Tuesday, March 8, 2011



Kuldip Gill was an award-winning poet, professor and mentor based in BC. She had an elegance and class about her that was so charming it was hard to ignore. Kuldip mentored me for my MFA summer thesis, a project that eventually became my first book-- Bleeding Light.

The first and only time we met was a sunny day in Toronto. We agreed to meet at the hotel she was staying at. When I greeted her in the lobby, her pure white hair and tasteful red lipstick proved to me that you can be beautiful at any age. She was the epitome of grace. We had a coffee at the hotel cafe, brainstorming about the etymology of words and the structure of ghazals. We had a buffet lunch at an Indian restaurant and returned to the hotel so she could change for the book launch we planned to attend in the evening. Dressed in black with a subdued but intricately designed Kashmiri shawl, Kuldip apologized for making me wait for so long in the lobby (in truth, the wait was quite short). After the book launch, I offered to catch her a cab, but she insisted that she would be okay. She was independent, strong and resilient.

Kuldip was one of the first Canadian poets to experiment with the ghazal form in English. She insisted that before I could write a ghazal, I needed to research the form. She taught me to respect and study the tradition and then formulate my own poetic voice. It was one of the most valuable lessons I've learned as a writer.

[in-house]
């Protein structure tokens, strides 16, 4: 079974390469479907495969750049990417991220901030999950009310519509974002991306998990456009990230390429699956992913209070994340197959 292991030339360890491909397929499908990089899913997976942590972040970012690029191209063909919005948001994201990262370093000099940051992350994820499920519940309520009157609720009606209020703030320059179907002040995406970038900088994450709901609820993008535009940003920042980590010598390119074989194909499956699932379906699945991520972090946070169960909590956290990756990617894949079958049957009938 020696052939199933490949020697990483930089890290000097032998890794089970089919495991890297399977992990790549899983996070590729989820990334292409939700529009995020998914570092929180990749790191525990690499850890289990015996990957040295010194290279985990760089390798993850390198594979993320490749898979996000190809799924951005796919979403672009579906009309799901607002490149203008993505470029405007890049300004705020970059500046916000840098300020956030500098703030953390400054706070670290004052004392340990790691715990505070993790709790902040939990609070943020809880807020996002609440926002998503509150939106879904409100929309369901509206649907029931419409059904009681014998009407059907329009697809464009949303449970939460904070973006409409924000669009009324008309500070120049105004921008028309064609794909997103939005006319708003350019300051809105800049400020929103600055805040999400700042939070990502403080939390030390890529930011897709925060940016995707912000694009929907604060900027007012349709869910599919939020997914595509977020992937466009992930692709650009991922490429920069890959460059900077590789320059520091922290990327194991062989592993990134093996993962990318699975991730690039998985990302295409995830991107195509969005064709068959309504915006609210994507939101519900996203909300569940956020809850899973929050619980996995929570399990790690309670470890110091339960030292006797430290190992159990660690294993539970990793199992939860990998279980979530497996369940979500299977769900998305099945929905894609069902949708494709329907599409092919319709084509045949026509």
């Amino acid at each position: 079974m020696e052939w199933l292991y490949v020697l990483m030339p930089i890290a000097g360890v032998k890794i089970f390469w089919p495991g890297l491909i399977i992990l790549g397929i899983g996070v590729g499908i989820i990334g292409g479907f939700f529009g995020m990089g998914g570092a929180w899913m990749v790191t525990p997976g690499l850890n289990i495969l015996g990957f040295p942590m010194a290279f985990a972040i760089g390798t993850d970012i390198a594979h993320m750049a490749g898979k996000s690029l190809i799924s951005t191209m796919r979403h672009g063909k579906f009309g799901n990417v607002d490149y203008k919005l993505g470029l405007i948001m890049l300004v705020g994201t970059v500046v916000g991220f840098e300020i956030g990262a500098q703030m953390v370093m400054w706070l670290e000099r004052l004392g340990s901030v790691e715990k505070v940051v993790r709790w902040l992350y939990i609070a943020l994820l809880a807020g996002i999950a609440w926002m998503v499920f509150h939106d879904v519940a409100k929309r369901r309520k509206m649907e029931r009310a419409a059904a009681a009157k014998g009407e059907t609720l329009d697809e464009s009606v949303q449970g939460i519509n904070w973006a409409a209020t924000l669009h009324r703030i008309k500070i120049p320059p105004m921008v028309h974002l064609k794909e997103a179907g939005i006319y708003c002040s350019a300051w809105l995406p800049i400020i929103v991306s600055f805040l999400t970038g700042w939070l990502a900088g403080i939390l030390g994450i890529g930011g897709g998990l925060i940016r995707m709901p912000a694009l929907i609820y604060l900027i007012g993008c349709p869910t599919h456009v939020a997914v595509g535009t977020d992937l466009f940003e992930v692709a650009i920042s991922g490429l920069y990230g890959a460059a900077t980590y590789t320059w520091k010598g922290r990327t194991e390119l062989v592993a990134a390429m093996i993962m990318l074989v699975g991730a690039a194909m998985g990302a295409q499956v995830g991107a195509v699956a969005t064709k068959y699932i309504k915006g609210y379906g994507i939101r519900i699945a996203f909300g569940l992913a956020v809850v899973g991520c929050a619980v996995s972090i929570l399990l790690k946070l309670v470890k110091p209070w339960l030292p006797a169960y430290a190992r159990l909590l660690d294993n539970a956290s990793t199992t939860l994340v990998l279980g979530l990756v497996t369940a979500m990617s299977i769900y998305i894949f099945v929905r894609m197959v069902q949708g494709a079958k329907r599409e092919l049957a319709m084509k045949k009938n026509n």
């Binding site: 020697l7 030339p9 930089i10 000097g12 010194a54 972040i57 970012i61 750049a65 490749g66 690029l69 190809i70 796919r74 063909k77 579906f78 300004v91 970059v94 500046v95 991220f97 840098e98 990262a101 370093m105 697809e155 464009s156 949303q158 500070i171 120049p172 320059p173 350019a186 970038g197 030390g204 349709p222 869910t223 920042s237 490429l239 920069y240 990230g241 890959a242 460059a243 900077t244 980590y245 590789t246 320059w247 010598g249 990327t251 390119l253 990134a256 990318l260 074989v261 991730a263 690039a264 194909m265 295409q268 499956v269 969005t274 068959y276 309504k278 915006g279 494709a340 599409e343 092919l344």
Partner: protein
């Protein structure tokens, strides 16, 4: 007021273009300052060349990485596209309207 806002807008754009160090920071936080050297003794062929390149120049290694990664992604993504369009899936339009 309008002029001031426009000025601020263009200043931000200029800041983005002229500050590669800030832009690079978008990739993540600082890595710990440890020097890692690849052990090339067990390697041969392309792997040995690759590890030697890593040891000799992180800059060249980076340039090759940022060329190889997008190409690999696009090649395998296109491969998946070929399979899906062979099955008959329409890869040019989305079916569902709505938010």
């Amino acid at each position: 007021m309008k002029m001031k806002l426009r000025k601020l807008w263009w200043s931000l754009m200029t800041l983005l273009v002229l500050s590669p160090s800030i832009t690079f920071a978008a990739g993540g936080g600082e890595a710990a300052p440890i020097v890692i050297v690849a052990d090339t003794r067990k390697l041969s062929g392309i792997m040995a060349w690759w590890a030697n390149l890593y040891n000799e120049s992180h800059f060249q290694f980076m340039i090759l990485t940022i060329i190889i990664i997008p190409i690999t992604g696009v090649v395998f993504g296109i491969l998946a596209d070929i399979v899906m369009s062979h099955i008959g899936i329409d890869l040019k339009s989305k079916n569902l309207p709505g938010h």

Throughout the summer, we communicated via email. We exchanged comments on my ghazals and she sent me her own poetry, asking me for my opinion. It was a rewarding process, intellectually challenging and creatively stimulating. She responded to my edits within a day, always with positive and useful feedback.

Kuldip passed away before Bleeding Light was published. I was shocked and stunned. I had no idea she was ill, and didn't know how to deal with her death. The only way I could honour her was to dedicate my book to her memory.

I ordered Valley Sutra, the last book she wrote before she died, and read it cover to cover. In between the free verse poems, I found a handful of ghazals. I felt connected to her through the couplets, through the fact that a part of me stayed with her, and a part of her will always stay with me.

Our whole lives,
by this flowing river.
Our whole lives
flowing -- by this river.

Kuldip Gill, Valley Sutra

In Memoriam.

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